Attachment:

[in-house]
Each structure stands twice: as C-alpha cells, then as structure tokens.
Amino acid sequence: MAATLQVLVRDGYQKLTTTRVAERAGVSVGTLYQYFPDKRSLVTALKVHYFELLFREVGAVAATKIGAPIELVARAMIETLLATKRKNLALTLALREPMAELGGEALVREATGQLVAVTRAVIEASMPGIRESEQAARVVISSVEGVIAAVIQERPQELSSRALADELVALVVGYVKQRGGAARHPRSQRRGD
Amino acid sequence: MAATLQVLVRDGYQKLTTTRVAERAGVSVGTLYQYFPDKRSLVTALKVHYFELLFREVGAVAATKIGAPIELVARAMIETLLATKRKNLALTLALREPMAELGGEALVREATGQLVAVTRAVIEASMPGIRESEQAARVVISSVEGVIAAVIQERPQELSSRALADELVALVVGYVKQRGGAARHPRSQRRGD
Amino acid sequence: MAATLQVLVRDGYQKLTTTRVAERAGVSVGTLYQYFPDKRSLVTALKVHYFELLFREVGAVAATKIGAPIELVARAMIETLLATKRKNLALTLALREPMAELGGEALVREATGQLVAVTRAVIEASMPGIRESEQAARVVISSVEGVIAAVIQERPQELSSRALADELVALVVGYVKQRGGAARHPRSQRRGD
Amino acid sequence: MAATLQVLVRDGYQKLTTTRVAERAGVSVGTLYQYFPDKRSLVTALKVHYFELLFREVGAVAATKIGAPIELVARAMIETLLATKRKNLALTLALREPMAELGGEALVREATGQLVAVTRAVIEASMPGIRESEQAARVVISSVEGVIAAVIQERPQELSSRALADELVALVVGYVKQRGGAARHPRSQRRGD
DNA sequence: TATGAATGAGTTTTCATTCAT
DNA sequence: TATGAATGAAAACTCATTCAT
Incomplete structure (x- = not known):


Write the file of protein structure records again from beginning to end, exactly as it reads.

[in-house]
Each structure stands twice: as C-alpha cells, then as structure tokens.
Amino acid sequence: MAATLQVLVRDGYQKLTTTRVAERAGVSVGTLYQYFPDKRSLVTALKVHYFELLFREVGAVAATKIGAPIELVARAMIETLLATKRKNLALTLALREPMAELGGEALVREATGQLVAVTRAVIEASMPGIRESEQAARVVISSVEGVIAAVIQERPQELSSRALADELVALVVGYVKQRGGAARHPRSQRRGD
Amino acid sequence: MAATLQVLVRDGYQKLTTTRVAERAGVSVGTLYQYFPDKRSLVTALKVHYFELLFREVGAVAATKIGAPIELVARAMIETLLATKRKNLALTLALREPMAELGGEALVREATGQLVAVTRAVIEASMPGIRESEQAARVVISSVEGVIAAVIQERPQELSSRALADELVALVVGYVKQRGGAARHPRSQRRGD
Amino acid sequence: MAATLQVLVRDGYQKLTTTRVAERAGVSVGTLYQYFPDKRSLVTALKVHYFELLFREVGAVAATKIGAPIELVARAMIETLLATKRKNLALTLALREPMAELGGEALVREATGQLVAVTRAVIEASMPGIRESEQAARVVISSVEGVIAAVIQERPQELSSRALADELVALVVGYVKQRGGAARHPRSQRRGD
Amino acid sequence: MAATLQVLVRDGYQKLTTTRVAERAGVSVGTLYQYFPDKRSLVTALKVHYFELLFREVGAVAATKIGAPIELVARAMIETLLATKRKNLALTLALREPMAELGGEALVREATGQLVAVTRAVIEASMPGIRESEQAARVVISSVEGVIAAVIQERPQELSSRALADELVALVVGYVKQRGGAARHPRSQRRGD
DNA sequence: TATGAATGAGTTTTCATTCAT
DNA sequence: TATGAATGAAAACTCATTCAT
Incomplete structure (x- = not known):